Air (apart from the obvious, the letters are supposed to stand for amour, imagination, rêve) has been around for a decade and a half, since the time the two friends formed the duo in 1995. Nicolas Godin was a student of architecture in Paris, while Jean-Benoît Dunckel studied mathematics. Both had played in the band Orange before. In Air, they were able to create their own sound and vision, which is both intellectual and emotionally compelling. The music is imaginative and the sounds are amazingly strong. The melodies, sung primarily by Dunckel almost effeminately softly , are simple but invariably beautiful and memorable, like in the sweet pop song 'Heaven's Light' they performed in the set tonight.
Some tunes clearly reveal the origin of the duo. Like the experimental instrumental 'Be a Bee,' which despite its steady rock beat and 4/4 bass, somehow sounds so quintessentially French.
What boggles my mind is that still today, in 2010 when everything seems to be about hype and commercialism, a band that plays intellectual music, much of which is instrumental, can command such a following of people from different genders, countries and ages. It does give hope for the future.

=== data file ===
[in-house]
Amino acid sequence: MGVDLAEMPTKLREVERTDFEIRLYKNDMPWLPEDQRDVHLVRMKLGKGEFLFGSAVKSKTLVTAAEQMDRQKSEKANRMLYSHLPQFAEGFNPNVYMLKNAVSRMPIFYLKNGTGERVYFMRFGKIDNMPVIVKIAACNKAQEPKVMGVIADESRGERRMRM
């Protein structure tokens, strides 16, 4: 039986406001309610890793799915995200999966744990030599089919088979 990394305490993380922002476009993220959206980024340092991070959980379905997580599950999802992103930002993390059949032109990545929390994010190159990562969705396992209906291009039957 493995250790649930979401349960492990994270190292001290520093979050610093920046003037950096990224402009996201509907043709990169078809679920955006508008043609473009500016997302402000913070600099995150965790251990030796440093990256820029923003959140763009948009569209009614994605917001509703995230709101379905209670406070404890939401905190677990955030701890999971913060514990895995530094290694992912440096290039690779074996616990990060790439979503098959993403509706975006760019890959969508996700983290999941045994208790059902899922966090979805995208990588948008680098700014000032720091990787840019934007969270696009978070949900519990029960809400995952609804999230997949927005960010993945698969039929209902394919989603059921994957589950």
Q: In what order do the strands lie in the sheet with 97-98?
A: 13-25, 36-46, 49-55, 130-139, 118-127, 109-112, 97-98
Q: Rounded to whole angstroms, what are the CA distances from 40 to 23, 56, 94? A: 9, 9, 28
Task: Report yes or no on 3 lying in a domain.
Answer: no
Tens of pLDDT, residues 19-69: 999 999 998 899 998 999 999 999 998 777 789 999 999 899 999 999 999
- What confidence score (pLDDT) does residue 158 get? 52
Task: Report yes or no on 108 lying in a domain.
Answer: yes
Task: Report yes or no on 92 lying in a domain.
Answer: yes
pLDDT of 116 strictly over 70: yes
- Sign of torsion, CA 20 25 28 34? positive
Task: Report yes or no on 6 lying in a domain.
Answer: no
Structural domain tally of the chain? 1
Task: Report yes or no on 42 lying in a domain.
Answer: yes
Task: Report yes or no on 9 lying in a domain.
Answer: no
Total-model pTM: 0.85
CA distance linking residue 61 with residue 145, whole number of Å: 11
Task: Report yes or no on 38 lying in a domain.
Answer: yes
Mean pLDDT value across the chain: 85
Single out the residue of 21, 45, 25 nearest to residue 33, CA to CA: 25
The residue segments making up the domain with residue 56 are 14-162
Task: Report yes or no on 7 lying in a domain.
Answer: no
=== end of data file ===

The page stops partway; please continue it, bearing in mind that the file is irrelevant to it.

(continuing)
'Tropical Disease,' with its complex structure and tempo changes, many layers of keyboards (that Dunckel mastered superbly in a live situation) and the deceivingly facile snippets of melody, is an example of the most unlikely hit song. Yet it completely enticed the audience in the Miles Davis Hall.
The stage setting was highly psychedelic. The groovy light show was reminiscent of Stanley Kubrick's 2001: A Space Odyssey with swirling colours and black-and-white kinetic visions. The spaced out impression was further enhanced by Godin using the Vocoder, sounding like Hal, in his vocals (and occasionally thanking the audience, "Merci beaucoup," in between the tunes).